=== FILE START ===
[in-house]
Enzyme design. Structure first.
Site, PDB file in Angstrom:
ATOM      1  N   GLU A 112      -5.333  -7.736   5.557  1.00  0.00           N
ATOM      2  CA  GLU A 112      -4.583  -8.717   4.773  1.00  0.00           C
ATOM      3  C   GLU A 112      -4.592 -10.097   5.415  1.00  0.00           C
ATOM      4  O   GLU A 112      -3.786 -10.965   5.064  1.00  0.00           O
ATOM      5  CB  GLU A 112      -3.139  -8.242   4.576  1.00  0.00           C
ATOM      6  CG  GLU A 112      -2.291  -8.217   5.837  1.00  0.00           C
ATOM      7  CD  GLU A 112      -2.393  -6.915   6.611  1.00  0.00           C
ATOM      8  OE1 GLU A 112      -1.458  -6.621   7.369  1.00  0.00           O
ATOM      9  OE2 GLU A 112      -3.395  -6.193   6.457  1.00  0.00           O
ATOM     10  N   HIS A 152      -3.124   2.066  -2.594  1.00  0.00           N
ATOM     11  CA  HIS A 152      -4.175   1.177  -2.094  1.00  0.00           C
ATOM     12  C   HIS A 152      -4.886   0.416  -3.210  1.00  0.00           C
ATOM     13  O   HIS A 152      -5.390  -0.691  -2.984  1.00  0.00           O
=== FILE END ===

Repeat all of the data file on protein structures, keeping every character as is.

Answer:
[in-house]
Enzyme design. Structure first.
Site, PDB file in Angstrom:
ATOM      1  N   GLU A 112      -5.333  -7.736   5.557  1.00  0.00           N
ATOM      2  CA  GLU A 112      -4.583  -8.717   4.773  1.00  0.00           C
ATOM      3  C   GLU A 112      -4.592 -10.097   5.415  1.00  0.00           C
ATOM      4  O   GLU A 112      -3.786 -10.965   5.064  1.00  0.00           O
ATOM      5  CB  GLU A 112      -3.139  -8.242   4.576  1.00  0.00           C
ATOM      6  CG  GLU A 112      -2.291  -8.217   5.837  1.00  0.00           C
ATOM      7  CD  GLU A 112      -2.393  -6.915   6.611  1.00  0.00           C
ATOM      8  OE1 GLU A 112      -1.458  -6.621   7.369  1.00  0.00           O
ATOM      9  OE2 GLU A 112      -3.395  -6.193   6.457  1.00  0.00           O
ATOM     10  N   HIS A 152      -3.124   2.066  -2.594  1.00  0.00           N
ATOM     11  CA  HIS A 152      -4.175   1.177  -2.094  1.00  0.00           C
ATOM     12  C   HIS A 152      -4.886   0.416  -3.210  1.00  0.00           C
ATOM     13  O   HIS A 152      -5.390  -0.691  -2.984  1.00  0.00           O